Oops: Navy Accidentally Shows Reporter Secret Plan to Deny His FOIA Request


Today, the US Navy confirmed something we’ve long believed to be true: they’ll come up with any ridiculous reason to deny nosy reporters, waving around pesky Freedom of Information Act (FOIA) requests like tiny wooden swords, their legal right to poke through the government’s Secret Data.

The reason we know that: today, they told us (by accident.) Specifically, the Navy’s public liaison Robin Patterson accidentally forwarded detailed notes, in which she laid out the reasons to deny a reporter his FOIA request concerning last December’s Navy Yard Shooting, to the very reporter himself. (Or maybe she hit the “Reply All” button by accident, which, seriously, stop doing that.) POLITICO reports that the FOIA request specifically asked for “memos authored by various Naval Sea Systems Command officials in September, October and Novemer 2013, e-mails sent by those same officials…on the day of the shooting, and photos of Building 197, where the shooting occurred, that were not part of the investigation.”

According to the screenshot of the notes, which the investigative reporter in question (Scott MacFarlane of NBC-4 TV in DC) posted on Twitter, the memo discussed specific reasons to deny his requests, which include the following:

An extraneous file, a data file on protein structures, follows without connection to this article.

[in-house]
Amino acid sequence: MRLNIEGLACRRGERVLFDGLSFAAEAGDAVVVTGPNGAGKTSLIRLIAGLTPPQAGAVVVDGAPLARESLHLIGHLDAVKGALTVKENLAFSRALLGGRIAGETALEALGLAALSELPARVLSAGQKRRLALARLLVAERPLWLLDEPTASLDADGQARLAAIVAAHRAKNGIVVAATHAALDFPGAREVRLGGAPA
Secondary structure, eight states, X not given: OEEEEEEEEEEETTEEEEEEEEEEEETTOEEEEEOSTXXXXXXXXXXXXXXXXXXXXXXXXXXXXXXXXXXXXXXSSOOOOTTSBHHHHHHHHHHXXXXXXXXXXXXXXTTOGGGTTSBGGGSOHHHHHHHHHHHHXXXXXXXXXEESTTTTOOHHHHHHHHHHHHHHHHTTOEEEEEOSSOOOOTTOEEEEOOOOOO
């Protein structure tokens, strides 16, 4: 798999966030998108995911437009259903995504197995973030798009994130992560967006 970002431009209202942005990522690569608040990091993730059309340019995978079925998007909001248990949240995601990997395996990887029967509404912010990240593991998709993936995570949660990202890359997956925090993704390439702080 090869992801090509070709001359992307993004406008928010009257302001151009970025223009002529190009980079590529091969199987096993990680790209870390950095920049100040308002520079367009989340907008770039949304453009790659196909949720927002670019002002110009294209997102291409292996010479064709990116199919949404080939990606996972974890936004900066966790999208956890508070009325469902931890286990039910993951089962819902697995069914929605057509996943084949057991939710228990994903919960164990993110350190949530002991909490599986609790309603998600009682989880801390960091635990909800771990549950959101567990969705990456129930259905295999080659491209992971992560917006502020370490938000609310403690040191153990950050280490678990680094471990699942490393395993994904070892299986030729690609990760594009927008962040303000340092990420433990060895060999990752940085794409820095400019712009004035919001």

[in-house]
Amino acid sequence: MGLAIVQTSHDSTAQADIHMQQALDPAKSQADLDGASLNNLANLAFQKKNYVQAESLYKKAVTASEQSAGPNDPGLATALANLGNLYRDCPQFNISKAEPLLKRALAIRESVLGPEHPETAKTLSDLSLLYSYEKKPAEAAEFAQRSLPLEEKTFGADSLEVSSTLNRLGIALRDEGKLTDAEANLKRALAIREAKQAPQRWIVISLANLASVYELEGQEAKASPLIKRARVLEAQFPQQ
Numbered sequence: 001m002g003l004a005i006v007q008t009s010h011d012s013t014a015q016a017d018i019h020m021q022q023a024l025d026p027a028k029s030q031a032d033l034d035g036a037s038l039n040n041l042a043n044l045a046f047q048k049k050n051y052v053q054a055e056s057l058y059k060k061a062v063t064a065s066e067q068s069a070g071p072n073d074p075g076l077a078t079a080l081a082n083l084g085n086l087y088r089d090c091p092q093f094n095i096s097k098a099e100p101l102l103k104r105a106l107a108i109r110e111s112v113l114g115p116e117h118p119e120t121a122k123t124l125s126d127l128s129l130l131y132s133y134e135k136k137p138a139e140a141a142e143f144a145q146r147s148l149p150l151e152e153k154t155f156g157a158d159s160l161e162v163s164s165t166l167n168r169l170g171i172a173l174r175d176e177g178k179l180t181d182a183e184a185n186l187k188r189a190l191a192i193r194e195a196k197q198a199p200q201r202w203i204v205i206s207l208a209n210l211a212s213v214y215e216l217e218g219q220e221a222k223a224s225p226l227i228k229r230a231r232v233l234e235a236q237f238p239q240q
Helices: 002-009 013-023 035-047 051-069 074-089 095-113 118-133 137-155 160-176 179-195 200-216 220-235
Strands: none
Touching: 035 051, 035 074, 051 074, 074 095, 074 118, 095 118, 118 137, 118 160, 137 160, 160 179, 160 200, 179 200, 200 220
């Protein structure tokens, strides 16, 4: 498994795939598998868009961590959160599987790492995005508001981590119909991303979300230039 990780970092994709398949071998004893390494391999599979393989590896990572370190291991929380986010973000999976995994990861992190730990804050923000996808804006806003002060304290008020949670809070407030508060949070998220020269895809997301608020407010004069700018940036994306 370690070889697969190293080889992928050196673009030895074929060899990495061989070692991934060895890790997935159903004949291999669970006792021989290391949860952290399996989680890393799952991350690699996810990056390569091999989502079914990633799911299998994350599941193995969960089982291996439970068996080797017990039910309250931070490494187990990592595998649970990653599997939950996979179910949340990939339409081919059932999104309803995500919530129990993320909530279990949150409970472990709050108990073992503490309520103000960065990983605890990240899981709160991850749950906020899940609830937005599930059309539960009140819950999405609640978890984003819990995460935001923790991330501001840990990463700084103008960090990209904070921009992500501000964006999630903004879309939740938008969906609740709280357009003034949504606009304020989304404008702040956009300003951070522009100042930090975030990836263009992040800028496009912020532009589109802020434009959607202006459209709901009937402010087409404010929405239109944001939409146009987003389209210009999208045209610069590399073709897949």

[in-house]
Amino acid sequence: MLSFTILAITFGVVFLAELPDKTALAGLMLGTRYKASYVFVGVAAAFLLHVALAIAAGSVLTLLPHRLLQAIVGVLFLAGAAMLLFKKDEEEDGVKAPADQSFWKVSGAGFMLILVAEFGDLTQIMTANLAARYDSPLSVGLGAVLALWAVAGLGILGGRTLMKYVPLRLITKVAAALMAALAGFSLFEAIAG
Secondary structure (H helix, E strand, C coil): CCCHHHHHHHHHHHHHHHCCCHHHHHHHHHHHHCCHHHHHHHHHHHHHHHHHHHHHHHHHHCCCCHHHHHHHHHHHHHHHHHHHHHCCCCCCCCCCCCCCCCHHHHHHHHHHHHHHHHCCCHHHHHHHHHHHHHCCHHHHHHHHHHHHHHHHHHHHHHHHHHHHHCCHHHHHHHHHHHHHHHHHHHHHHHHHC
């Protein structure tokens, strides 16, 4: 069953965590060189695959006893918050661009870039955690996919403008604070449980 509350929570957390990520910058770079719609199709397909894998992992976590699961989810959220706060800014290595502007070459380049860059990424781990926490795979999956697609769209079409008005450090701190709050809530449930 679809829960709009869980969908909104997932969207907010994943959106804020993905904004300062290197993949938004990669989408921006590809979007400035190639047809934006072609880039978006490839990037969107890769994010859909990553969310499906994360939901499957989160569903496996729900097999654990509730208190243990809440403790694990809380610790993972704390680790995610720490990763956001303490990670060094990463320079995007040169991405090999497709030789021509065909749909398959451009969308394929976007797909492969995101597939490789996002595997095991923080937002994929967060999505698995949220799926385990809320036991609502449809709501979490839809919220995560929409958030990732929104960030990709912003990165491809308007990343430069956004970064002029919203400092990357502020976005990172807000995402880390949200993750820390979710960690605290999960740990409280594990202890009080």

He wasn’t specific enough: Language from MacFarlane’s email, as well as the email’s title itself, suggested that he was looking for photos of the interior of one of the Navy Yard’s buildings. “This request is too broad for the specific event,” the memo reads, adding:

If you discover that there is a “photo library” [containing images of the building in question], I would recommend negotiating with the requester, or explain that the library does not contain a subject “interior of building 197″…after you get more record keeping info from Public Affairs, Josh can help with crafting the language for “fishing expedition,” or request to [sic] broad.

He was too specific: There is such a thing as asking exactly the right question at the right time, such as, to paraphrase, “Can you please send all the emails sent between various Navy officers between 8:00 and 9:30 AM on the morning of the shooting?”

“This one is specific enough that we may be able to deny. However, I want to talk to the FBI, as they may have ‘all emails during that time, in their possession.'”

The Passive-Aggressive Cheap Mom Approach: In which they say that it’s going to cost a lot of money to redact sensitive information from the memos in question, and sure, they’re willing to do it, but can a media outlet really afford to do that? Really? Weren’t you saving up for a bike?

Recommend that you provide the requester with an estimate, as I can see the search and review, possible redactions, will be very costly. Again, another “fishing expedition” — just because they are media doesn’t mean the memos shed light on specific government activities.

The US Navy eventually apologized for writing about MacFarlane in its burn book:


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